"Alternate Realities"

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  • Ongoing: until Sunday, May 24, 2009
  • Sunday: 12:00pm
  • Tuesday: 10:00am
  • Wednesday: 10:00am
  • Thursday: 10:00am
  • Friday: 10:00am
  • Saturday: 10:00am
  • Where: Spencer Museum of Art, Lawrence
  • Cost: Free
  • Age limit: All ages

An upcoming exhibition at the Spencer Museum of Art invites viewers to consider how art and virtual worlds overlap and enhance one another. Alternate Realities, opening April 4 on the 20/21 Gallery Conversation Wall, will present images that address avatars, social networking and constructed realities. Visitors can also access the Spencer’s Second Life ® Island at a computer station in the gallery’s Process Space.

“We’re exploring the ways that we can combine different learning styles and new technology like Second Life® to create an engaging museum experience,” Jessica Johnson, IMLS Grant Project Coordinator says.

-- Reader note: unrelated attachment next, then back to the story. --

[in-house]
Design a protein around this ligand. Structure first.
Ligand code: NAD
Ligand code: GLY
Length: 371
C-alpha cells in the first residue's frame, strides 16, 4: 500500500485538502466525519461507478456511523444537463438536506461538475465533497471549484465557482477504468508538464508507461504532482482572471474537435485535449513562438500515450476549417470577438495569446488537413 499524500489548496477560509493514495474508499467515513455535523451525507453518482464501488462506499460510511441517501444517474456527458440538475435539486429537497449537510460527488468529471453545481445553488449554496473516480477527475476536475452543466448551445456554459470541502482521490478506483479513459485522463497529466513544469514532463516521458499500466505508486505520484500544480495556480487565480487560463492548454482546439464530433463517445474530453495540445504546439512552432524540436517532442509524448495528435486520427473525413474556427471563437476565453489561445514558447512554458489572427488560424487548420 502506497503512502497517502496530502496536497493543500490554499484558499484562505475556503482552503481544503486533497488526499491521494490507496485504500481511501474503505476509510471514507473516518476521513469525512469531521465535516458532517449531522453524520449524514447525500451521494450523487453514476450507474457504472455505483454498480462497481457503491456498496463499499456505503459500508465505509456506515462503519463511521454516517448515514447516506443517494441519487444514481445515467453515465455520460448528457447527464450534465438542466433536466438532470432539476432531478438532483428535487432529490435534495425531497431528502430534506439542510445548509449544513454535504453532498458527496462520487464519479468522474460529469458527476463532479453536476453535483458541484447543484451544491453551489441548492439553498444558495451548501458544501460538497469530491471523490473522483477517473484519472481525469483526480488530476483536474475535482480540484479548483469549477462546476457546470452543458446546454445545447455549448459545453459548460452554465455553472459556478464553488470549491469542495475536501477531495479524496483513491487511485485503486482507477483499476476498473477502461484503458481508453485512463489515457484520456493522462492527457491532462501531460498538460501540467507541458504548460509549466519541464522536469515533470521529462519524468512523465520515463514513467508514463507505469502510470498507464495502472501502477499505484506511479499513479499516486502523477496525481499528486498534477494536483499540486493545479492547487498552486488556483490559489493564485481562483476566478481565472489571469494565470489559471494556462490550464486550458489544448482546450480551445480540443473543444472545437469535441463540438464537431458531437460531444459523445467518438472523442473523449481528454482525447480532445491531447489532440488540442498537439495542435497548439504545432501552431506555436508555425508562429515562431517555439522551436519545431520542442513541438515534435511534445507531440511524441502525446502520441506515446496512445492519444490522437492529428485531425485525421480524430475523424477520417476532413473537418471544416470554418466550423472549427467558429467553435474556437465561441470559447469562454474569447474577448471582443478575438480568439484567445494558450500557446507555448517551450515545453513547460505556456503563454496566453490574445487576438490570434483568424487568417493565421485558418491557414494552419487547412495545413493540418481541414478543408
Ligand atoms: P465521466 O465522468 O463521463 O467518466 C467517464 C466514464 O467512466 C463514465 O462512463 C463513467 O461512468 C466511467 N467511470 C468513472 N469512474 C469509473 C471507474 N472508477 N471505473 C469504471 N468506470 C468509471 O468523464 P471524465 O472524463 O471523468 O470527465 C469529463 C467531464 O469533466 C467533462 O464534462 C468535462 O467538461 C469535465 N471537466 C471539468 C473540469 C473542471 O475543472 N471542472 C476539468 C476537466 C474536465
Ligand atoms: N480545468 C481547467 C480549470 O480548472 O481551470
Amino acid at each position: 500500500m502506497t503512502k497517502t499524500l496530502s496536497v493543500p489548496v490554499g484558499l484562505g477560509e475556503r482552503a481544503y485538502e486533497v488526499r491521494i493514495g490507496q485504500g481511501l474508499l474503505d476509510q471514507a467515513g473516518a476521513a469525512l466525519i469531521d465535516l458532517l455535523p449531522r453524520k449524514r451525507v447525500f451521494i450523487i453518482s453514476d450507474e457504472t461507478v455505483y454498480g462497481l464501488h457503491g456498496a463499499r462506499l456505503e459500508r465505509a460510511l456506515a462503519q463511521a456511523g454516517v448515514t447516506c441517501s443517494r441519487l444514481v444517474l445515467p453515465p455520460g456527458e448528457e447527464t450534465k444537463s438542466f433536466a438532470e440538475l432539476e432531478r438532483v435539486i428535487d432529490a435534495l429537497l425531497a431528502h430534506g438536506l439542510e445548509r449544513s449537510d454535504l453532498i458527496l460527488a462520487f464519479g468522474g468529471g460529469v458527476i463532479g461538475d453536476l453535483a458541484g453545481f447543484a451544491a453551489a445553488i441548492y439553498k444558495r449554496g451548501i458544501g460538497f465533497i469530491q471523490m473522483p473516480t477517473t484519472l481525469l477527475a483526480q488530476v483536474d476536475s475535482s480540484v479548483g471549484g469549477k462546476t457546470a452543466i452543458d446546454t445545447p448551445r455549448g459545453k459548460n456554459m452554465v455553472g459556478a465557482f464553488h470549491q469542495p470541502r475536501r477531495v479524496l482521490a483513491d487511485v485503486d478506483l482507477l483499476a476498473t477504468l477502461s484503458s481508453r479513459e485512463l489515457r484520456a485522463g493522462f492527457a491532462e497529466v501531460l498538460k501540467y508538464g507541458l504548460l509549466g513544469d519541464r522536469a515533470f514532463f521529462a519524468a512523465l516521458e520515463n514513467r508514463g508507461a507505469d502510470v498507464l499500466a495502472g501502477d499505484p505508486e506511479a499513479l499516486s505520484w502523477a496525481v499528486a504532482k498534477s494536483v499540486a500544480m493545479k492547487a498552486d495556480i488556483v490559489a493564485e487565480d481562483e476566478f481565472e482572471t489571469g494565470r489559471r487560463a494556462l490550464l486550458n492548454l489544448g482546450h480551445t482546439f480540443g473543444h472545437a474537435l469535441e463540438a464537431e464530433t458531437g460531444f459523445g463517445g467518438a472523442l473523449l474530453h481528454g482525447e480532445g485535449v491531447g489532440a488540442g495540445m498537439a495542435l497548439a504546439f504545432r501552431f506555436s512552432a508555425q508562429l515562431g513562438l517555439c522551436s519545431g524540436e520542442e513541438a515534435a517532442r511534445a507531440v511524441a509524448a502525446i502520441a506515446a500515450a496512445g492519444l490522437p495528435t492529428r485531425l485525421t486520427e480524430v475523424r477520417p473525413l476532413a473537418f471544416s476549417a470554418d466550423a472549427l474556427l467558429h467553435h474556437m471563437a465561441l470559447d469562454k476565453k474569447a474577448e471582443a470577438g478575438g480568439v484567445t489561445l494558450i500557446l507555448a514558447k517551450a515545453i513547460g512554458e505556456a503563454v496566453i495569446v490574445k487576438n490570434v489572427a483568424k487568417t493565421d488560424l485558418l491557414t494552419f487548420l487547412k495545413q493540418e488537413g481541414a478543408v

Second Life ® is an online virtual world where participants create avatars to interact with others. On the Spencer’s Second Life ® Island, visitors can learn more about current exhibitions Climate Change at the Poles and Trees & Other Ramifications: Branches in Nature and Culture at the real-life Spencer by watching videos exploring climate change, listening to a traditional Inuit story, and viewing replicas of Patrick Dougherty’s tree-branch sculptures. Johnson says incorporating Second Life directly into the gallery space provides viewers with another perspective on the issues Climate Change at the Poles and Trees & Other Ramifications: Branches in Nature and Culture present.

Alternate Realities incorporates works primarily from the Spencer’s collection to explore ideas from Second Life®, such as avatars and social networking. Johnson says the concept of an avatar as an alternate persona relates to the way artists choose to present themselves and others in portraits. Alternate Realities will also compare and contrast the ways people interact in real life and in the virtual world.

“I hope it helps people learn something new about art and about themselves in ways they might not have contemplated or expected,” Johnson says.

This event was posted March 25, 2009 and last updated Sept. 16, 2014

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